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PPC Campaign Strategy helps increase revenue, drive traffic, and boost brand recognition. It works shoulder to shoulder with organic search marketing, which gains traction as search advertising increases sales. And it’s also how, according to Google, businesses receive an average of $2 of revenue for every $1 spent on paid advertising on Google Ads (formerly Google AdWords).
But for pay-per-click (PPC) campaigns to work, they need to be built on stable foundations. A solid PPC Campaign Strategy is the key to planning, executing, and optimizing paid ad campaigns. Without a paid search strategy, you’re at risk of spending your budget reactively; with a strategy, you can build and refine a targeted, goal-focused ad campaign.
This post takes you through the nine essential steps of a successful PPC Campaign Strategy, from competitor and keyword research, through Ad Groups and landing page design, to optimization and reporting. No matter how you plan to organize your Google Ads auction bidding, we recommend following the same 5 steps.
Step 1: Define your goals
Defining what you actually want to achieve with PPC is probably the most important part of building an effective PPC Campaign Strategy. Today there are so many different PPC targeting options available within AdWords and beyond it. Defining your goals will help you choose the platforms and ad types that are best suited for your marketing needs.
Consider these common PPC goals:
- Increase site traffic
- Generate leads
- Drive sales
- Raise brand awareness
If your main goal is brand awareness, then social media and display ads are ideal for your strategy. Also; If your main goal is to drive sales, then most of your PPC investment should be in search or PLA. If your priority is to generate leads, then you can explore using Facebook’s lead capture ads.
Sophisticated PPC strategies use a combination of ad types and platforms to target their audience. For example, digital marketer, Ben Wood, has some actionable advice about distributing investment between social and search ads: 4 Advanced AdWords Audience Targeting Tactics.
Determine your main goals and prioritize them, then use this information to determine which platforms and ad types you should be investing in.
Step 2: Analyze competitive landscape
Analyzing the competitive landscape teaches you who your main paid search competitors are, what they’re doing that makes them successful, and how aggressive your PPC Campaign Strategy should be to compete.
If you’re not sure who your competitors are, use Alexa’s Audience Overlap tool to identify sites competing for your audience. You can then jump to the Competitor Keyword Matrix to see both organic and paid keywords from up to 10 of these competitors. Export these competitor keywords and prioritize them based on how well they’re performing for the competition.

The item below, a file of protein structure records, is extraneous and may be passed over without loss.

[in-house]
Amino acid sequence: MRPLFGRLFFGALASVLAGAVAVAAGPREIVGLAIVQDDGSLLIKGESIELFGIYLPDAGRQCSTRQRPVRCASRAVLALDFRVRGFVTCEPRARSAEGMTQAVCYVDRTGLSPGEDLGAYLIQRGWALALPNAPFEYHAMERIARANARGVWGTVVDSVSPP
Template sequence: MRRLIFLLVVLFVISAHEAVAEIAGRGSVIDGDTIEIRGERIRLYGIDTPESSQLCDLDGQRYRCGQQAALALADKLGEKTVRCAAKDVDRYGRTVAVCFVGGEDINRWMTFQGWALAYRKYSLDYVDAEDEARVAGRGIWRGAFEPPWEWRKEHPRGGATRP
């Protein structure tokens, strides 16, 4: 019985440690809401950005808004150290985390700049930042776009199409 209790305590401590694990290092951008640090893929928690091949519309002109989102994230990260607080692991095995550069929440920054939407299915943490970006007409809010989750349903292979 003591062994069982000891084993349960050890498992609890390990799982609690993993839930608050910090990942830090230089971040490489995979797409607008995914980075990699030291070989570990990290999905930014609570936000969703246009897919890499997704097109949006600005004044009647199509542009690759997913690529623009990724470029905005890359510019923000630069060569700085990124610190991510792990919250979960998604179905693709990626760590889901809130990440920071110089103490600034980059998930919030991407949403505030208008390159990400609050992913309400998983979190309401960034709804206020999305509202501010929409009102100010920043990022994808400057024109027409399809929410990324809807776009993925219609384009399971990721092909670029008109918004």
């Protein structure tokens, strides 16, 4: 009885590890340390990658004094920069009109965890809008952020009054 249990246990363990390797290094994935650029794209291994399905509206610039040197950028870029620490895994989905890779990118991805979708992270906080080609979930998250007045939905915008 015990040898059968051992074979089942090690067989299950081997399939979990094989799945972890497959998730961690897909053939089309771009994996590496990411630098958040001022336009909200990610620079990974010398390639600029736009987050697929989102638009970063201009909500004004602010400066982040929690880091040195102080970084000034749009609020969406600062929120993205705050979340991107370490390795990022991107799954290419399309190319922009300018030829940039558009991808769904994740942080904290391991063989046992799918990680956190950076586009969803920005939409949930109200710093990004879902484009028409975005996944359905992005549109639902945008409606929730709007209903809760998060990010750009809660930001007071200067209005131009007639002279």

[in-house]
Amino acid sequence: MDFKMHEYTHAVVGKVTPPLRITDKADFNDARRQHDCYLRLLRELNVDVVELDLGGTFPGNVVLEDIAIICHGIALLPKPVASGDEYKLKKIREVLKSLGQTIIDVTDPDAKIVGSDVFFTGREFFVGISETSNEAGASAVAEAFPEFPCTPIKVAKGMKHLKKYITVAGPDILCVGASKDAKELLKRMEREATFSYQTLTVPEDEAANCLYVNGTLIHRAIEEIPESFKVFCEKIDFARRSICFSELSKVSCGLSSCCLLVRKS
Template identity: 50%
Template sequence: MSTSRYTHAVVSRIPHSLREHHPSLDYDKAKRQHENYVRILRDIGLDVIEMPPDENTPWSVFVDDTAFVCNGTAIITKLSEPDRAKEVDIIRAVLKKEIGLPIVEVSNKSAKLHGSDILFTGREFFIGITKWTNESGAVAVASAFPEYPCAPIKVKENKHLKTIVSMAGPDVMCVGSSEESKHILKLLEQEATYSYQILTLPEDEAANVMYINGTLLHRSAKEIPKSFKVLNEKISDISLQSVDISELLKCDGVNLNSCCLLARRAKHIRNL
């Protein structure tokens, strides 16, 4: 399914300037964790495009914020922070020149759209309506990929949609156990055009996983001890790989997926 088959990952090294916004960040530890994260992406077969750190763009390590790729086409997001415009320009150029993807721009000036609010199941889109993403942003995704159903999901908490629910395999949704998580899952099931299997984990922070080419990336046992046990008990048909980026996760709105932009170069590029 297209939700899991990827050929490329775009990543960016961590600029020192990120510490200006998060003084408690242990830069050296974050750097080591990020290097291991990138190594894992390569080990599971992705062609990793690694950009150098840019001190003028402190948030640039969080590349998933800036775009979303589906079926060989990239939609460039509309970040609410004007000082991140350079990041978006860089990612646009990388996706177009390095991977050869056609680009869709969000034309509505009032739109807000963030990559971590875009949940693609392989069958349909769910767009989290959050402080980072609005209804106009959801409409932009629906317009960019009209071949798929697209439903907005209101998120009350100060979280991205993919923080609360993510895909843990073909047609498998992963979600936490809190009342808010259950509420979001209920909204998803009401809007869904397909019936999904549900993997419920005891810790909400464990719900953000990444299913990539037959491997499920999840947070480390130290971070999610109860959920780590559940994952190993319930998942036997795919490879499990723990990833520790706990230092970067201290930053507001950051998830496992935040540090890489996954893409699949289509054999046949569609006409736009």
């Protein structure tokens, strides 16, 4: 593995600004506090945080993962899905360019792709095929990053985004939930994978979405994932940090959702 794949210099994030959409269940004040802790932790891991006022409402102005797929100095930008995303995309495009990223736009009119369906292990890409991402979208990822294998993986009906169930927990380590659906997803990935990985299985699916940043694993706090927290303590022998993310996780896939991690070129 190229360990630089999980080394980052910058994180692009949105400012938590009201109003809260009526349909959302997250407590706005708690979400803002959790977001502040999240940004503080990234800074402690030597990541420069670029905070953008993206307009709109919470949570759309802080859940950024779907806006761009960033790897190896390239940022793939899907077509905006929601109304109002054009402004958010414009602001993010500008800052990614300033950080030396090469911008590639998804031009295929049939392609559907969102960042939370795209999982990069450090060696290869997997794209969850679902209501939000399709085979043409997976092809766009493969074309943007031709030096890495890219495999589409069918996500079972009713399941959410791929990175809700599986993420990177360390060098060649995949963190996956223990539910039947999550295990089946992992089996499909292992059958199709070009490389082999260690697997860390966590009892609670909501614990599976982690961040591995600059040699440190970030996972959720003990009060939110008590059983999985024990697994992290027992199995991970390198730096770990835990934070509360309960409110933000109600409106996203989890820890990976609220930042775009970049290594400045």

The Alexa Keyword Matrix reveals both paid and organic competitor keywords.
Google Ads also has specific features to help you outrank competitors. For example, if you use the Target outranking share feature, Google Ads automatically raises your bids to help you beat a competitor to the top spot. But you can target only one domain to beat at a time, so choose your competitor wisely.
Step 3: Optimize your landing pages
Your PPC Campaign Strategy should take searchers to specifically created landing pages. The closer the match between landing page content and search intent, the higher the conversion rate. If you just send all searchers to a generic page—say, your home page—they’ll feel frustrated and bounce. This will negatively affect Quality Score, meaning the ads will have a lower chance of showing up in searches.
Most importantly, keep the messaging and keywords consistent between the ad text and the landing page. Optimize found that changing just three words to make landing page copy more similar to ad copy increased conversions by 39 percent. Follow their lead by reiterating search terms and your brand’s unique selling point from the ad in the landing page header and body text.
Each landing page should have just one call to action (CTA) based on your key metric from the planning stage. If your objective is to get people to subscribe to a free trial, make that the only CTA on the page.
Keep the design simple and user-friendly. Elements that slow page loading (for example, heavy image files) should be kept to a minimum, forms should contain only the most essential fields, and testimonials or reviews should add social proof. Your only objective at this point is to get the visitor to accomplish the goal of your campaign, so steer clear of anything that could distract them from doing so.